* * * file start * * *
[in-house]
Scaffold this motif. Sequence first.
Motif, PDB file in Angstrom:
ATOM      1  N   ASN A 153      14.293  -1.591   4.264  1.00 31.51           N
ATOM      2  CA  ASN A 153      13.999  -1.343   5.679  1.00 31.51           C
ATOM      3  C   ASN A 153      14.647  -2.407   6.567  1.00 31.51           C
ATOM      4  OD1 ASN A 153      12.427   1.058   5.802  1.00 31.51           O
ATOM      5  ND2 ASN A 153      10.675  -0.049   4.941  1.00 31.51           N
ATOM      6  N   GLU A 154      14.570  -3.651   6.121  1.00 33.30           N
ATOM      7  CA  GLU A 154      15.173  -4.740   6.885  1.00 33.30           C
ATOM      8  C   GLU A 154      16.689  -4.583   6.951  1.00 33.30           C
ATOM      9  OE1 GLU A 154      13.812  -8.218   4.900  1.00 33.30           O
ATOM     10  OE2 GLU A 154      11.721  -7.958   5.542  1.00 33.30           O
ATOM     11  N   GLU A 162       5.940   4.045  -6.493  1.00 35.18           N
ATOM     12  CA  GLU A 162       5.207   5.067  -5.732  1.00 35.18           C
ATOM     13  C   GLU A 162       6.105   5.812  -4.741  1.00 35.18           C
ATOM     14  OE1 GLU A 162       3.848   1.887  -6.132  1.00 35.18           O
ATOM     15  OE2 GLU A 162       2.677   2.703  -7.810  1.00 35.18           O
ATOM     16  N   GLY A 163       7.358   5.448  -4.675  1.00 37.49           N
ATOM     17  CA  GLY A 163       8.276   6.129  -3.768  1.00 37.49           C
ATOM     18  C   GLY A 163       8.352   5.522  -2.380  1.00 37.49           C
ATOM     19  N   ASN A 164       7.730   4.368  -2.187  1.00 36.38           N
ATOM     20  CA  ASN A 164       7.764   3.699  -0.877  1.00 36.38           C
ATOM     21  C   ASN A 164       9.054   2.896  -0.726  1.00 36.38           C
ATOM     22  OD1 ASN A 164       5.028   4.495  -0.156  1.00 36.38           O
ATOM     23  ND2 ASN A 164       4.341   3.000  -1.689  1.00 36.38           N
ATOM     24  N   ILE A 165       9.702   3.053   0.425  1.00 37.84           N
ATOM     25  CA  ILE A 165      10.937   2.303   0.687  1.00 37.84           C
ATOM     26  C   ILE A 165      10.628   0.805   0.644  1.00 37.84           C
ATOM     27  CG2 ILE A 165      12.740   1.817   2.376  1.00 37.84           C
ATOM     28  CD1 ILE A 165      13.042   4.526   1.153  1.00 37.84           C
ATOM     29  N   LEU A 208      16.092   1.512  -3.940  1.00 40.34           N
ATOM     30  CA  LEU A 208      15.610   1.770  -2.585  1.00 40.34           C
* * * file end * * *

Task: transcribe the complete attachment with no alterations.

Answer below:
[in-house]
Scaffold this motif. Sequence first.
Motif, PDB file in Angstrom:
ATOM      1  N   ASN A 153      14.293  -1.591   4.264  1.00 31.51           N
ATOM      2  CA  ASN A 153      13.999  -1.343   5.679  1.00 31.51           C
ATOM      3  C   ASN A 153      14.647  -2.407   6.567  1.00 31.51           C
ATOM      4  OD1 ASN A 153      12.427   1.058   5.802  1.00 31.51           O
ATOM      5  ND2 ASN A 153      10.675  -0.049   4.941  1.00 31.51           N
ATOM      6  N   GLU A 154      14.570  -3.651   6.121  1.00 33.30           N
ATOM      7  CA  GLU A 154      15.173  -4.740   6.885  1.00 33.30           C
ATOM      8  C   GLU A 154      16.689  -4.583   6.951  1.00 33.30           C
ATOM      9  OE1 GLU A 154      13.812  -8.218   4.900  1.00 33.30           O
ATOM     10  OE2 GLU A 154      11.721  -7.958   5.542  1.00 33.30           O
ATOM     11  N   GLU A 162       5.940   4.045  -6.493  1.00 35.18           N
ATOM     12  CA  GLU A 162       5.207   5.067  -5.732  1.00 35.18           C
ATOM     13  C   GLU A 162       6.105   5.812  -4.741  1.00 35.18           C
ATOM     14  OE1 GLU A 162       3.848   1.887  -6.132  1.00 35.18           O
ATOM     15  OE2 GLU A 162       2.677   2.703  -7.810  1.00 35.18           O
ATOM     16  N   GLY A 163       7.358   5.448  -4.675  1.00 37.49           N
ATOM     17  CA  GLY A 163       8.276   6.129  -3.768  1.00 37.49           C
ATOM     18  C   GLY A 163       8.352   5.522  -2.380  1.00 37.49           C
ATOM     19  N   ASN A 164       7.730   4.368  -2.187  1.00 36.38           N
ATOM     20  CA  ASN A 164       7.764   3.699  -0.877  1.00 36.38           C
ATOM     21  C   ASN A 164       9.054   2.896  -0.726  1.00 36.38           C
ATOM     22  OD1 ASN A 164       5.028   4.495  -0.156  1.00 36.38           O
ATOM     23  ND2 ASN A 164       4.341   3.000  -1.689  1.00 36.38           N
ATOM     24  N   ILE A 165       9.702   3.053   0.425  1.00 37.84           N
ATOM     25  CA  ILE A 165      10.937   2.303   0.687  1.00 37.84           C
ATOM     26  C   ILE A 165      10.628   0.805   0.644  1.00 37.84           C
ATOM     27  CG2 ILE A 165      12.740   1.817   2.376  1.00 37.84           C
ATOM     28  CD1 ILE A 165      13.042   4.526   1.153  1.00 37.84           C
ATOM     29  N   LEU A 208      16.092   1.512  -3.940  1.00 40.34           N
ATOM     30  CA  LEU A 208      15.610   1.770  -2.585  1.00 40.34           C